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Wednesday, December 24, 2008

The Obama Campaign Fails Media and Crisis Management

If the Obama campaign thought that releasing their internal investigation would put to rest lingering questions about its own involvement with the Blagojevich scandal, they thought wrong. In fact, the way they have handled this scandal so far, it makes me start to wonder if they really don't have something to hide. The whole entire affair has been mishandled from the beginning, and this report is just the latest misstep. Obama's initial reaction in which he described himself as sad was a small misstep. The proper response should have been anger and outrage. Then, he spent the better part of the next several weeks playing word and lawyer games with the media. It culminated with this exchange.

There are several things that in my estimation the Obama campaign needs to understand that they seem to be oblivious to. First, this scandal is salacious. That means it isn't going to go away if they simply ignore it. Second, this scandal is on the one hand simple to understand, but on the other hand, it has all sorts of lingering questions. The Obama campaign seems to think that as long as there is no evidence that they participated in a quid pro quo, that means that the scandal has no relevance to them. That's just not the case. There continue to be a lot of unanswered questions. Did they know that Blagojevich wanted a quid pro quo, and did they report this? Not reporting a crime in progress is not proper Presidential behavior. Questions regarding contacts between Blagojevich, Valerie Jarrett, the SEIU, and Rahm Emanuel continue to be murky. For instance, their own internal report revealed that President Obama himself, Rahm Emanuel, and Valerie Jarrett were all interviewed by U.S. Attorney Fitzgerald. Yet, the report gives absolutely no details about what was asked. Do they really think that such half measures will do anything but fuel endless speculation? If the public is left with half a story, you allow everyone, opponents included, to define the other half.

Next, the media dynamic on this story will look nothing like the media dynamic they faced during the campaign. The two driving forces of this story will be the Chicago Tribune and Chicago Sun Times. In Chicago, this is story number one, two, three and four, and neither paper will spare anything simply because they happen to like the President. Obama has already shown a confrontational tone with the Tribune. Getting combative with the leading media on this story is just plain dumb. The Tribune is not going to stop asking questions just because Obama wants them to. If he continues to skirt the answers, he will just look like someone with something to hide.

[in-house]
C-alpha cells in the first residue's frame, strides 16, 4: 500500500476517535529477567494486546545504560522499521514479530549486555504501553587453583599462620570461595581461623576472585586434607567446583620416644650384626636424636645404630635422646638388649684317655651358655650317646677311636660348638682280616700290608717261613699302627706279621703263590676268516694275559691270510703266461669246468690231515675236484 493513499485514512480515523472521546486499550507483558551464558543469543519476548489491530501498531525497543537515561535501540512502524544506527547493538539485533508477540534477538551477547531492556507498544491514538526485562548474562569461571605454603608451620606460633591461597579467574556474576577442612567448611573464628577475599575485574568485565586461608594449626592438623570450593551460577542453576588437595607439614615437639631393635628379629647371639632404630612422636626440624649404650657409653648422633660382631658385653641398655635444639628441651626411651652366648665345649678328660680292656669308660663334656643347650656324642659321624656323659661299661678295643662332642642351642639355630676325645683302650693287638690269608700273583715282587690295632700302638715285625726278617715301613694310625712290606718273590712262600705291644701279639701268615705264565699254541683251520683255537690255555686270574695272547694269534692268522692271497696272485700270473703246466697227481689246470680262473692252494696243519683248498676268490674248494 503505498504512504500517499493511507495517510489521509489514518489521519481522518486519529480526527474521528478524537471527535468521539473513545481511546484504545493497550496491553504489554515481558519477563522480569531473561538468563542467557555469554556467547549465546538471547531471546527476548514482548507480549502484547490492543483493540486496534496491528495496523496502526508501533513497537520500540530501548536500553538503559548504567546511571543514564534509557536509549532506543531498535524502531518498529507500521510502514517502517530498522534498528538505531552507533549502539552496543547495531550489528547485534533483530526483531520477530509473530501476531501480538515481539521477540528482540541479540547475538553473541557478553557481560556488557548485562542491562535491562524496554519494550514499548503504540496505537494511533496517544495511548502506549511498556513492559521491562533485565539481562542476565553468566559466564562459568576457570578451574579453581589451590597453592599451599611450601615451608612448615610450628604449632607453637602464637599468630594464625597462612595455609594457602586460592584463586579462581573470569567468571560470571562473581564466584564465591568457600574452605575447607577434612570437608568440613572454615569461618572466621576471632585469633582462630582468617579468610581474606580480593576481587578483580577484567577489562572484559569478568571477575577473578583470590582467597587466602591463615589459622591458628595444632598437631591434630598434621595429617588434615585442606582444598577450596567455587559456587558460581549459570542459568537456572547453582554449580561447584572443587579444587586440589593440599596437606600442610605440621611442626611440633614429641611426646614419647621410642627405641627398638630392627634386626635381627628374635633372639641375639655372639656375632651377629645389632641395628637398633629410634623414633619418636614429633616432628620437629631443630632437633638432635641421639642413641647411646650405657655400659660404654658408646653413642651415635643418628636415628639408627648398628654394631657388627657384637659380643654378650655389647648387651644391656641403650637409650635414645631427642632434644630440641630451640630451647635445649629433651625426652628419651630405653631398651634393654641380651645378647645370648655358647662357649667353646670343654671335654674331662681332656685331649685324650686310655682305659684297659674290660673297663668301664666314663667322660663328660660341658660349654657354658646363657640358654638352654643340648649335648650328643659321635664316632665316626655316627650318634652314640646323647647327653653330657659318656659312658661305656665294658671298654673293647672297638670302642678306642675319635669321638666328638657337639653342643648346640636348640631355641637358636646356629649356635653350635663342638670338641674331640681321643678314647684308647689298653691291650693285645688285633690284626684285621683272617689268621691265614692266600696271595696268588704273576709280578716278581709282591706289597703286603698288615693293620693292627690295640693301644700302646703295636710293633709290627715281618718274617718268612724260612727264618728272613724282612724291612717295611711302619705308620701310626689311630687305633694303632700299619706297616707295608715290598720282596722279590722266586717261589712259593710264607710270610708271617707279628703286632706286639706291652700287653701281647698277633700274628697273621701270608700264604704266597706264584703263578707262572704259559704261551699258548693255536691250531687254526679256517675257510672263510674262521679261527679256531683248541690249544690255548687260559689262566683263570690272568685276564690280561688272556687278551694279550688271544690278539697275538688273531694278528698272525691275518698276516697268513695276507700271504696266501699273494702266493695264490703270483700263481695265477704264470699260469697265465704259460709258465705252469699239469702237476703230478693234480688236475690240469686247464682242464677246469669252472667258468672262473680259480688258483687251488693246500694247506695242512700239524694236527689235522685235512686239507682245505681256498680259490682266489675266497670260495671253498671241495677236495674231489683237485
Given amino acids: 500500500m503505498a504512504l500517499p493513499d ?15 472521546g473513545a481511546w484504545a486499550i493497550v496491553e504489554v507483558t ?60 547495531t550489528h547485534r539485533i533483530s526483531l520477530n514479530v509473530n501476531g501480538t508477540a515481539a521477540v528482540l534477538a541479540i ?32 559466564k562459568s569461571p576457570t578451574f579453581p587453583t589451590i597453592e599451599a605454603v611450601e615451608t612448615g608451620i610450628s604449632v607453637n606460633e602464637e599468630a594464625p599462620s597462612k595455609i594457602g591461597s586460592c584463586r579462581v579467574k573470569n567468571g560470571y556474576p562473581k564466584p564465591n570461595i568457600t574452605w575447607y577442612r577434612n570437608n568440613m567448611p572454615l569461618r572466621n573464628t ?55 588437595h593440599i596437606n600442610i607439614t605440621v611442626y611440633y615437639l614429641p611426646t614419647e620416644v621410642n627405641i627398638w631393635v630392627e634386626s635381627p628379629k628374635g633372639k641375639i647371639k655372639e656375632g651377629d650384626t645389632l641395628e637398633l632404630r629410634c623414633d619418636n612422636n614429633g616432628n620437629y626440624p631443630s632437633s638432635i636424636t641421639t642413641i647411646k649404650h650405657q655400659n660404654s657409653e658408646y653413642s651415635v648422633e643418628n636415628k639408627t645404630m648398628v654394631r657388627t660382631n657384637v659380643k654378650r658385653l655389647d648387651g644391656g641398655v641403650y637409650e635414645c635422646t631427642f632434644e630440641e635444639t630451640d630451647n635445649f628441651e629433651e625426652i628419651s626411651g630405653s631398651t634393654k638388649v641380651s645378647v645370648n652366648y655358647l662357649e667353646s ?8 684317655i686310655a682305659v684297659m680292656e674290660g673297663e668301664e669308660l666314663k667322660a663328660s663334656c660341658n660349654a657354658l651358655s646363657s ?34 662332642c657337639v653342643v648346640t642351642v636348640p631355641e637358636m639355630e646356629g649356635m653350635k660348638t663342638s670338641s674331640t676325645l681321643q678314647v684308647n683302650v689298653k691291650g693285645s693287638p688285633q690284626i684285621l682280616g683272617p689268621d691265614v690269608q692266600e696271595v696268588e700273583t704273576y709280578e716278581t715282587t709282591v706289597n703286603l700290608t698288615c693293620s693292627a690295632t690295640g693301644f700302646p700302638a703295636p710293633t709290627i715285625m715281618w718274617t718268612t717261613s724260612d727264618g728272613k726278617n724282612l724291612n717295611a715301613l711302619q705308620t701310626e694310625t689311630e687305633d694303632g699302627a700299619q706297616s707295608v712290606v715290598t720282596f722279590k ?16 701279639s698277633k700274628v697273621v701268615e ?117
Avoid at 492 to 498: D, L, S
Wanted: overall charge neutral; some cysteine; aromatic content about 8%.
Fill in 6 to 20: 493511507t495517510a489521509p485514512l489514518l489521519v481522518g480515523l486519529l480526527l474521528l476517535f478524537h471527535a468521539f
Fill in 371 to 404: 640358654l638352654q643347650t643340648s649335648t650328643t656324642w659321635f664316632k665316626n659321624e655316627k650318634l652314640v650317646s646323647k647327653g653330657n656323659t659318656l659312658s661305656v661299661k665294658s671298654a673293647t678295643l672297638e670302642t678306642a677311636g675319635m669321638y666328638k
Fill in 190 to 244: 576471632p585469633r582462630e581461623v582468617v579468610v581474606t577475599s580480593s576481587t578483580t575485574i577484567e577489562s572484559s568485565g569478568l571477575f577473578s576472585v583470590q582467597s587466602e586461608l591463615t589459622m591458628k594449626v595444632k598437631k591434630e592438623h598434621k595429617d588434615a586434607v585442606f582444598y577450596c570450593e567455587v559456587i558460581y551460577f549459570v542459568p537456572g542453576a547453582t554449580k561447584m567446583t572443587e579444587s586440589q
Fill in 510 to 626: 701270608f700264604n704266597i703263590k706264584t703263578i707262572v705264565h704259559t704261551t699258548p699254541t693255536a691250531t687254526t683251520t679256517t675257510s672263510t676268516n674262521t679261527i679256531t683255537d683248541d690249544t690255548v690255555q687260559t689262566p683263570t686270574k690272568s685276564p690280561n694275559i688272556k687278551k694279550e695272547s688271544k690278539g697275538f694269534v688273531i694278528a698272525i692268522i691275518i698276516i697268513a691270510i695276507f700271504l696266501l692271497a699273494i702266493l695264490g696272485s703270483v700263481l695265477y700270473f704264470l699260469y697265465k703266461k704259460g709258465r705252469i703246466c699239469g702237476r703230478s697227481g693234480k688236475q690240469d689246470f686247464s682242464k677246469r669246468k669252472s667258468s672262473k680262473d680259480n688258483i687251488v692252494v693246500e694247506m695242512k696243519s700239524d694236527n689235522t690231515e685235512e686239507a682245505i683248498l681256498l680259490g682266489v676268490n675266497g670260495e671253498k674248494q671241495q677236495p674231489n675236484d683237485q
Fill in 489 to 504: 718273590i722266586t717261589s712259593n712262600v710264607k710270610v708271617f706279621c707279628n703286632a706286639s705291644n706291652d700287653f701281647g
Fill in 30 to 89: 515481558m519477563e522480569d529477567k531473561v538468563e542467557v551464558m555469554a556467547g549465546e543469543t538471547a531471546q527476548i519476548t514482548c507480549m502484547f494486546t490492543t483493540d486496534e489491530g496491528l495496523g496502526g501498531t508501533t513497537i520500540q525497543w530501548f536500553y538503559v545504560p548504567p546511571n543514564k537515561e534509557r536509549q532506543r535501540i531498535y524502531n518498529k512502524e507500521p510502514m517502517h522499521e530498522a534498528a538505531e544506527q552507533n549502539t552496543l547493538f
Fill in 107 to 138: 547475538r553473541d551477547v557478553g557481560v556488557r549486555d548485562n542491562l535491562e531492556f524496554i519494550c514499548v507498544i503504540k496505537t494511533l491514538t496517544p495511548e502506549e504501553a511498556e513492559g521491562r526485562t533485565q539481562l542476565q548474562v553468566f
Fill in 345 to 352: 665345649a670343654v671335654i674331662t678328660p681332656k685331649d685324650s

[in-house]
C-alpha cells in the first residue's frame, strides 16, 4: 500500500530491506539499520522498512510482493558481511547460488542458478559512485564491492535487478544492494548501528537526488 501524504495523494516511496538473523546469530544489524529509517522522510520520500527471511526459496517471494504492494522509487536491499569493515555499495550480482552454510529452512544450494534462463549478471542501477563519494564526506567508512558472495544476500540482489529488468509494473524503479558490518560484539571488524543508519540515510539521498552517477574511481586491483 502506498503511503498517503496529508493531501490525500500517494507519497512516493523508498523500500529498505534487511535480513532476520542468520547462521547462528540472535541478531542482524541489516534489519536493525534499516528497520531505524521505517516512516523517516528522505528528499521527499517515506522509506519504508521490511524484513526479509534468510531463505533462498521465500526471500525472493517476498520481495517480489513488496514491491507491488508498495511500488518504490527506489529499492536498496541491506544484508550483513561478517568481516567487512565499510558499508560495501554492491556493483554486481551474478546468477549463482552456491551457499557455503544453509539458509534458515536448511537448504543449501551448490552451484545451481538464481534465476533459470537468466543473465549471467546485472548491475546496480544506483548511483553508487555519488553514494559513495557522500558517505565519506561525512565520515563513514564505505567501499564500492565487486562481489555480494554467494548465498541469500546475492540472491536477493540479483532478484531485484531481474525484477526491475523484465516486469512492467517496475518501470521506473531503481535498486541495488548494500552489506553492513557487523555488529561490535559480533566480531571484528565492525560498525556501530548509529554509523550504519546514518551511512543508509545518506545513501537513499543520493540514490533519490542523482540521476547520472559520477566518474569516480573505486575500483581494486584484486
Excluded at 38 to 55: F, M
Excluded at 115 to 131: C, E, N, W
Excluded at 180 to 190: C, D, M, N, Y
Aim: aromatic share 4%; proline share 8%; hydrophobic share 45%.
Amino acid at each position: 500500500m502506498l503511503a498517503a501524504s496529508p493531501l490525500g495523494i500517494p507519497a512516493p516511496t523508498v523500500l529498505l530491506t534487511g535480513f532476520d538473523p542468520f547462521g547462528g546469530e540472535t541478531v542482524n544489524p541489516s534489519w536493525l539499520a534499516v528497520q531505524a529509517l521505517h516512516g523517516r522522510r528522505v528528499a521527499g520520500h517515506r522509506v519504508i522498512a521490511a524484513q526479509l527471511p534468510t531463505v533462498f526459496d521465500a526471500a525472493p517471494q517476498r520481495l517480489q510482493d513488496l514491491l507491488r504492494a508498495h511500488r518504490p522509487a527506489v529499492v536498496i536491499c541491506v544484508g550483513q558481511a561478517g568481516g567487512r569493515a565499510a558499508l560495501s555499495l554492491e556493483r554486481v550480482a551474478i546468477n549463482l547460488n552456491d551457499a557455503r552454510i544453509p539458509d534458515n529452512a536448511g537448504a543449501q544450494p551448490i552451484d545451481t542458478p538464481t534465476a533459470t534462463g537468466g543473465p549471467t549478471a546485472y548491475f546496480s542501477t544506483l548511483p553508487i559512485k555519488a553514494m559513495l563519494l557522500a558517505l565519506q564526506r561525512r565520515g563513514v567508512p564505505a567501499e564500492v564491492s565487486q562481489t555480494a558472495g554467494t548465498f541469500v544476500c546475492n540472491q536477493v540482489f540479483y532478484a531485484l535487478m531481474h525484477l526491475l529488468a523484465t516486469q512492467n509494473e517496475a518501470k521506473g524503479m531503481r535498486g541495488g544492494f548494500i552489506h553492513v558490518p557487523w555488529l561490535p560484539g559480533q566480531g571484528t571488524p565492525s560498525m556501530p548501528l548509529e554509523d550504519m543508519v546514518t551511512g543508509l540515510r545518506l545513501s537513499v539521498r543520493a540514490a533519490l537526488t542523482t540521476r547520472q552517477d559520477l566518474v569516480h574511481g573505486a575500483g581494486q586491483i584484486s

Finally, this report, its release, and the manner in which it was conducted just reeks of smoke filled room conflicts and unanswered questions. Did the Obama campaign really think that an internal investigation conducted by its own people would have any credibility when it exonerated them? This article spells out rather well just how hokey the process has been. Here's another piece along the same lines. Furthermore, Politico has written this piece in which they examine all the lingering questions.

Obama's internal review was entirely voluntary and intended to demonstrate that his team had nothing to hide, and was committed to its pledge to run "the most open and transparent transition in history."

But after announcing the review, his team declined to reveal who would conduct it, who would be interviewed or whether the resulting release would include any transition e-mails or records to support its conclusions.


Freed from the rapid fire back-and-forth of the campaign, Obama, a stickler for preparation, resorted to his methodical instincts in trying to create order amidst the swirling scandal.But in taking his time, he's let the story linger into a third week.After drawing criticism for a listless initial response the day Blagojevich was arrested and accused of trying to sell the Senate seat vacated by the president-elect, Obama went a step further the next day by calling on the governor to resign. On the third day of the story, he announced the internal review. By the next week he acknowledged frustration over not being able to clear up inaccuracies about the case.

Still, Obama resisted the temptation to spout off and stuck to the original plan: He would allow a written report to speak for him.

Politico goes on to list five different problems they see with Obama's response. The worst part of all of this is that they released this on the eve of Christmas. Furthermore, they released it when Obama himself is vacationing in Hawaii and not answering questions while Rahm Emanuel is vacationing in Africa and unavailable. This is blatant, obvious, and old school stonewalling, covering up, and a blatant attempt to sweep it under the rug. It's happening all in plain sight with the media, for the most part, calling them on it. Since they have done it when no one is available, they are also not in a position to respond to media inquiries.

The Obama campaign was effective and disciplined and so the way they have handled it has been 180 degrees the opposite direction. It is actually a remarkable turn of events, so remarkable in fact, that it almost seems as though it's being handled so badly because there is something to hide. True or not, that is absolutely the appearance they continue to give.


Anonymous said...

Mike, I just wanted to wish you and yours a Merry Christmas and Happy Holidays. Your blog is the one I most look forward to reading each day. I have learned so much.


mike volpe said...

Thank you for the very kind words and everyone have a very Merry Christmas and a very Happy New Year.